May 26, 2011 / 5:23 PM / 8 years ago

Sharapova shows fighting instinct to avoid shock

PARIS (Reuters) - Maria Sharapova looked anything but a potential champion in a torrid start against French teenager Caroline Garcia but found her feet and her fight to win 3-6 6-4 6-0 and reach the French Open third round on Thursday.

Maria Sharapova of Russia serves to Caroline Garcia of France during the French Open tennis tournament at the Roland Garros stadium in Paris May 26, 2011. REUTERS/Charles Platiau

“I think I relaxed and just let things happen,” the relieved Russian former world number one said after romping through the last 11 games just when a major shock looked on the cards.

“I was way too concerned about the conditions and wasn’t moving my feet and just was really slow, and she was playing aggressive and hitting great shots.

“I just felt flat-footed in the beginning. I just hit the ball finally.”

The cool, gusty conditions played havoc with Sharapova’s trademark baseline power as she littered court Philippe Chatrier with errors during a terrible first half of the match.

She rarely ducks a scrap though and from trailing 6-3 4-1 against the 17-year-old she upped her tempo and began to hit her stride, reeling in her inexperienced opponent.

Sniffing an upset, the crowd turned up the volume midway through the second set but world number 188 Garcia, who was playing only her fourth match on the main tour, admitted the atmosphere got to her with a shock victory in sight.

“4-1, the Ola (Mexican wave), that was not easy to manage. I tried, but I didn’t succeed,” she told reporters.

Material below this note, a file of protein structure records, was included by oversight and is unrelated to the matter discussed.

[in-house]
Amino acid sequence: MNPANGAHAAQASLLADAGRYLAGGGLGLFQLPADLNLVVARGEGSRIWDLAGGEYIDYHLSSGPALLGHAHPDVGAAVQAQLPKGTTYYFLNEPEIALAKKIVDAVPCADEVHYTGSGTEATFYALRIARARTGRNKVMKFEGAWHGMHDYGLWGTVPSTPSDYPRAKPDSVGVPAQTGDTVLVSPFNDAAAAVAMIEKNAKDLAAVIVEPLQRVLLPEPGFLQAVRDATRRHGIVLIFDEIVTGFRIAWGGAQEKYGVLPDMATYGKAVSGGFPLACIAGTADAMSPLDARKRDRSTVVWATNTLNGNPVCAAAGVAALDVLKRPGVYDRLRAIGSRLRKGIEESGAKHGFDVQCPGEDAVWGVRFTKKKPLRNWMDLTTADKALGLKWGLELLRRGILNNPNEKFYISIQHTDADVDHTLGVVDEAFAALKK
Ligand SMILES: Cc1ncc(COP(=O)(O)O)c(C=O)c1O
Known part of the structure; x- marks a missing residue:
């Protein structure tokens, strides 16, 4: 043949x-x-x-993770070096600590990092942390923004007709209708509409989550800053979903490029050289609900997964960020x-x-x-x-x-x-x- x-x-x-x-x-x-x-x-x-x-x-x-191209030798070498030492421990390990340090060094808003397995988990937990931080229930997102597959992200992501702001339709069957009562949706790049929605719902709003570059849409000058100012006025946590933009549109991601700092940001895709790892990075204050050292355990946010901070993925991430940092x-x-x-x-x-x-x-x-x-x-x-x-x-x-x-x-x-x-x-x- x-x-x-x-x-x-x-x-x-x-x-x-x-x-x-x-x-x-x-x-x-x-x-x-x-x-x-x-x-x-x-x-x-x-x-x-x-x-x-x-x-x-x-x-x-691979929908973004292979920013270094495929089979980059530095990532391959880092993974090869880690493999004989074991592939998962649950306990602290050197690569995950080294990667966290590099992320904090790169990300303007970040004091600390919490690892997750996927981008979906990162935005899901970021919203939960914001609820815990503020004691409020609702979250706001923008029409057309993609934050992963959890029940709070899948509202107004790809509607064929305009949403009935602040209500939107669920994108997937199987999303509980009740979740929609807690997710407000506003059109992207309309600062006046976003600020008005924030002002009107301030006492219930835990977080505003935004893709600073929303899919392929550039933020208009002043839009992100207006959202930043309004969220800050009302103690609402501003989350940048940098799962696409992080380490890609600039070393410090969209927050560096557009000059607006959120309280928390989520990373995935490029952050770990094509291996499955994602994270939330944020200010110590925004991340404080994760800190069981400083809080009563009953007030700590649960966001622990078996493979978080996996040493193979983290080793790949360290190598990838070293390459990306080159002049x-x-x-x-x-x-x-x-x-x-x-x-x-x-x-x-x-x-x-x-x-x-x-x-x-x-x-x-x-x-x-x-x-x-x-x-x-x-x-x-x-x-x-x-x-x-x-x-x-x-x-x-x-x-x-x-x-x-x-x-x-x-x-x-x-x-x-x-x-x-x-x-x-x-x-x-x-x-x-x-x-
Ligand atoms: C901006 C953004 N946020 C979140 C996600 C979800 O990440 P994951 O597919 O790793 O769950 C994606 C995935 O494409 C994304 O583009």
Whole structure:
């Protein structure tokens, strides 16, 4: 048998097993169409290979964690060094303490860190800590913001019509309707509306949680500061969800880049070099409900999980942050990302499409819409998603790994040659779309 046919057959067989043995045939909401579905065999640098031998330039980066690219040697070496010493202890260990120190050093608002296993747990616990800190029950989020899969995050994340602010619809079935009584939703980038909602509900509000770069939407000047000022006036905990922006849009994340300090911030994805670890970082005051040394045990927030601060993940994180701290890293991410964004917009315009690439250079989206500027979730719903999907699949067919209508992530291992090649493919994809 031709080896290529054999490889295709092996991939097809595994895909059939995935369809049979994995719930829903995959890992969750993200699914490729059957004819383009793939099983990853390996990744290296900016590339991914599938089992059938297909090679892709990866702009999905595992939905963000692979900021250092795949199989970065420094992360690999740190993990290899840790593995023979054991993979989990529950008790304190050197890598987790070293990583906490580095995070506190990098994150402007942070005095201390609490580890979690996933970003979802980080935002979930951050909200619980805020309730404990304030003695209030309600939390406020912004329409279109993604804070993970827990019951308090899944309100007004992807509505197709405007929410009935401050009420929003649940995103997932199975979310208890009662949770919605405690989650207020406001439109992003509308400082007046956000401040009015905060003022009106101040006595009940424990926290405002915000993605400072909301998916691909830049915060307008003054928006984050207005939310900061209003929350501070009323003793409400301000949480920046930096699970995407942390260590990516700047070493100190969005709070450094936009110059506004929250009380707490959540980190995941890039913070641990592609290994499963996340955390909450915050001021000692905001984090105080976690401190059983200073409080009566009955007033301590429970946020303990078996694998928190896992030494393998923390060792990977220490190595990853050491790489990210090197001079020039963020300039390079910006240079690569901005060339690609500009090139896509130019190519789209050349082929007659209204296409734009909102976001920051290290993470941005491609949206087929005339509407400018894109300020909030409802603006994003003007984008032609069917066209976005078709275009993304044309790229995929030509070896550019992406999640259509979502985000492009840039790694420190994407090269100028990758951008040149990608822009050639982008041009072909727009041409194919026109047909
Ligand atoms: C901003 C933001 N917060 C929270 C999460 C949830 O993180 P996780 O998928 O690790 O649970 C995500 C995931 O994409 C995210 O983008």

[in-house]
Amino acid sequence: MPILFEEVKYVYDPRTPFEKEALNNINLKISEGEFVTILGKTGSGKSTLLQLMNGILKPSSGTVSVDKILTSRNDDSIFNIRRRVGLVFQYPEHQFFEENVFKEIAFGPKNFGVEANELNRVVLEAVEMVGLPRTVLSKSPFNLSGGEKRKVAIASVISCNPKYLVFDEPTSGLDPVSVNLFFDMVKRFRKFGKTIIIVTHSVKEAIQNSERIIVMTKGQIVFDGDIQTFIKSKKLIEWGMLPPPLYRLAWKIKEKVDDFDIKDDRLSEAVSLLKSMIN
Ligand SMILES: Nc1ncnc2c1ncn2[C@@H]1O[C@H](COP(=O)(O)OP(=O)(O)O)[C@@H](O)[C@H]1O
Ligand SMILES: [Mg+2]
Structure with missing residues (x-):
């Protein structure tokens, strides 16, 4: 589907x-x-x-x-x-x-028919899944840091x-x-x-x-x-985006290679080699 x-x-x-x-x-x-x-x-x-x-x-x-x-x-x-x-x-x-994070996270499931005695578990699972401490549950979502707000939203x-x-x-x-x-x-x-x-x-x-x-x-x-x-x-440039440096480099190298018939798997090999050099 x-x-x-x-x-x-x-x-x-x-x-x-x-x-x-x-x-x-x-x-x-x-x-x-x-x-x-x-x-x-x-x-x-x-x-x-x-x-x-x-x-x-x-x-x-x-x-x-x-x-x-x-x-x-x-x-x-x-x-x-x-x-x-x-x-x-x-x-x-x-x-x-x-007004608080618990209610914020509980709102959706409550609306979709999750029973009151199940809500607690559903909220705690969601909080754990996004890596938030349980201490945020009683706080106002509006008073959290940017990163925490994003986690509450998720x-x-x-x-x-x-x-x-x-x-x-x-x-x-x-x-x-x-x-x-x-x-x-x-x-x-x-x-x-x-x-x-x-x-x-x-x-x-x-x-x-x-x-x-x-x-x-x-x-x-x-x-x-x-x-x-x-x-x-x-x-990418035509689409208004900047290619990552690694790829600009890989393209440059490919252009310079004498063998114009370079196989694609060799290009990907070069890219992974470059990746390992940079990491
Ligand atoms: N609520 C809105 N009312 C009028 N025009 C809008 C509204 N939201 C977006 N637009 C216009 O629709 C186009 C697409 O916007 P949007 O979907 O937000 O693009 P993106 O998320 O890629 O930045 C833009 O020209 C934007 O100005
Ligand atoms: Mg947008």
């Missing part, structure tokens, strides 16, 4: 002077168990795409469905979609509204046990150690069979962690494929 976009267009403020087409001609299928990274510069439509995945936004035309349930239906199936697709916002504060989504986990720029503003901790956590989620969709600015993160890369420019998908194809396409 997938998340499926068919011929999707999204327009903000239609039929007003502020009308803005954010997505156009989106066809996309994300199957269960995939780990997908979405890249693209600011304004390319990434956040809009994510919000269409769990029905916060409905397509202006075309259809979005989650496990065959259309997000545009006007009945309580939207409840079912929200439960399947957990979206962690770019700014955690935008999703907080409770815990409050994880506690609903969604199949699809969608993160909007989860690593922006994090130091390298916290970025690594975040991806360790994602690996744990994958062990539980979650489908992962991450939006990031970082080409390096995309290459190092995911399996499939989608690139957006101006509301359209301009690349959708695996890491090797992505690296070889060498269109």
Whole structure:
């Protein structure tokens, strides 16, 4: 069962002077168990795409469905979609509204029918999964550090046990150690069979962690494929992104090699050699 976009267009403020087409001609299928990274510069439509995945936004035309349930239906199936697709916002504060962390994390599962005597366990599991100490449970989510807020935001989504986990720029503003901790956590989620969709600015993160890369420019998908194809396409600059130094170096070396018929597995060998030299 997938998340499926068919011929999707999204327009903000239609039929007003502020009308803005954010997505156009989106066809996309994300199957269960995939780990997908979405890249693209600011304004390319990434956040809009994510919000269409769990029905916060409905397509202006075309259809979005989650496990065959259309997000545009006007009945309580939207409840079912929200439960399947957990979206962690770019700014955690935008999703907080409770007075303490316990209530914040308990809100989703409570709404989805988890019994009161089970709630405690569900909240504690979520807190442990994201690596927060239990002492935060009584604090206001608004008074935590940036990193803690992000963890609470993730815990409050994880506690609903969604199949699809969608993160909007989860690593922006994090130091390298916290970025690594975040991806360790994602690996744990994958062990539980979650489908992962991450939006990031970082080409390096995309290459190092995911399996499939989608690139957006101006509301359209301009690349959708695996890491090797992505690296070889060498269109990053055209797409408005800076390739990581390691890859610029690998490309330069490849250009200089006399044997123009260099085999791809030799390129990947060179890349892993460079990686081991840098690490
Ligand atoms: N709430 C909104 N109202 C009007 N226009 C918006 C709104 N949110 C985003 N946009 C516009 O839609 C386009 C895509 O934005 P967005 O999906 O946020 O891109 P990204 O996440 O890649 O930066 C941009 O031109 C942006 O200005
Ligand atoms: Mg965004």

“I had many things going in my head, because I was leading. I was playing well. She was not really in the court. Then she reacted just like a champion, because she is a great champion.

“Then I started being very nervous, and I started playing more from the baseline and it was difficult to come back.”


Former Wimbledon, U.S. Open and Australian Open champion Sharapova is no stranger to comebacks, having notably pulled two consecutive matches out of the fire at Roland Garros in 2009 from matchpoints down.

“As far as the fighting, I think it’s important to fight. It’s not my job to compare myself to other players, but I’ll never give up out there,” she said.

Garcia’s display caught the eye and men’s number four Andy Murray predicted the teenager could one day reach top spot in the WTA rankings.

“I’ve watched Sharapova play a lot of times, and quite often when she plays younger opponents they struggle to deal with sort of her power,” the Scot told a press conference.

“If anything, I thought Garcia was hitting the ball harder, didn’t have a problem. When Sharapova was hitting the ball big to her, she was returning her serve no problem.”

He was not alone in his praise with former women’s great Martina Navratilova also impressed.

Garcia was not looking too far ahead though.

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“I have this dream, but it’s very difficult,” she said. “I realize I need to work a lot.”

Sharapova, who won Wimbledon at 17 and knows everything about early bloomings, urged caution.

“I think time will definitely tell. It’s a long road and a long journey,” she said. “There will be many wins and many losses. It’s tough for me to tell, but she’s on her way up.”

Editing by Martyn Herman

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